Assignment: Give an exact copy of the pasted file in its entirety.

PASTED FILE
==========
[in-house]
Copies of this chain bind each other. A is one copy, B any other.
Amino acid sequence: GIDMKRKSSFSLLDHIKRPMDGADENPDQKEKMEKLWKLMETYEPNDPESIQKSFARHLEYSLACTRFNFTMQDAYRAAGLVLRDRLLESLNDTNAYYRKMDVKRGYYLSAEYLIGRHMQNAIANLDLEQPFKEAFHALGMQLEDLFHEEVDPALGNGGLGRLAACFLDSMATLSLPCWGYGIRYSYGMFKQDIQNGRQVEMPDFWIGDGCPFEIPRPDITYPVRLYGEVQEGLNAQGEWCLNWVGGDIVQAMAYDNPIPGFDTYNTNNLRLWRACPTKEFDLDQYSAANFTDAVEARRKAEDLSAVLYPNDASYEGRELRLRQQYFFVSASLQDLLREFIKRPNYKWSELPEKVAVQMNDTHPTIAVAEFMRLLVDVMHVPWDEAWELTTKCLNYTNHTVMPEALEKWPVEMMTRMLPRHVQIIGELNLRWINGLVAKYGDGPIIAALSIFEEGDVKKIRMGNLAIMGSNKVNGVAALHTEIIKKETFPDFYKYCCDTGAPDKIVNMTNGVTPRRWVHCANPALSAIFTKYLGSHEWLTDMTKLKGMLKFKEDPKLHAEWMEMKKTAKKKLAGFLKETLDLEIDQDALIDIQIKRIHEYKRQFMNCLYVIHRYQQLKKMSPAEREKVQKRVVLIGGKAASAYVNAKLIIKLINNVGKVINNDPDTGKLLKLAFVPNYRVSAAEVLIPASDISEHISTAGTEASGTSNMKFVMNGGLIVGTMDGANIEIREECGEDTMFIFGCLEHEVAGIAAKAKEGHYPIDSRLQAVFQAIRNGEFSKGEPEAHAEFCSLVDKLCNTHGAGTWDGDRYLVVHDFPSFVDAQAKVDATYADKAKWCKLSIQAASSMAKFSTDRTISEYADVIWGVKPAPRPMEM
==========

[in-house]
Copies of this chain bind each other. A is one copy, B any other.
Amino acid sequence: GIDMKRKSSFSLLDHIKRPMDGADENPDQKEKMEKLWKLMETYEPNDPESIQKSFARHLEYSLACTRFNFTMQDAYRAAGLVLRDRLLESLNDTNAYYRKMDVKRGYYLSAEYLIGRHMQNAIANLDLEQPFKEAFHALGMQLEDLFHEEVDPALGNGGLGRLAACFLDSMATLSLPCWGYGIRYSYGMFKQDIQNGRQVEMPDFWIGDGCPFEIPRPDITYPVRLYGEVQEGLNAQGEWCLNWVGGDIVQAMAYDNPIPGFDTYNTNNLRLWRACPTKEFDLDQYSAANFTDAVEARRKAEDLSAVLYPNDASYEGRELRLRQQYFFVSASLQDLLREFIKRPNYKWSELPEKVAVQMNDTHPTIAVAEFMRLLVDVMHVPWDEAWELTTKCLNYTNHTVMPEALEKWPVEMMTRMLPRHVQIIGELNLRWINGLVAKYGDGPIIAALSIFEEGDVKKIRMGNLAIMGSNKVNGVAALHTEIIKKETFPDFYKYCCDTGAPDKIVNMTNGVTPRRWVHCANPALSAIFTKYLGSHEWLTDMTKLKGMLKFKEDPKLHAEWMEMKKTAKKKLAGFLKETLDLEIDQDALIDIQIKRIHEYKRQFMNCLYVIHRYQQLKKMSPAEREKVQKRVVLIGGKAASAYVNAKLIIKLINNVGKVINNDPDTGKLLKLAFVPNYRVSAAEVLIPASDISEHISTAGTEASGTSNMKFVMNGGLIVGTMDGANIEIREECGEDTMFIFGCLEHEVAGIAAKAKEGHYPIDSRLQAVFQAIRNGEFSKGEPEAHAEFCSLVDKLCNTHGAGTWDGDRYLVVHDFPSFVDAQAKVDATYADKAKWCKLSIQAASSMAKFSTDRTISEYADVIWGVKPAPRPMEM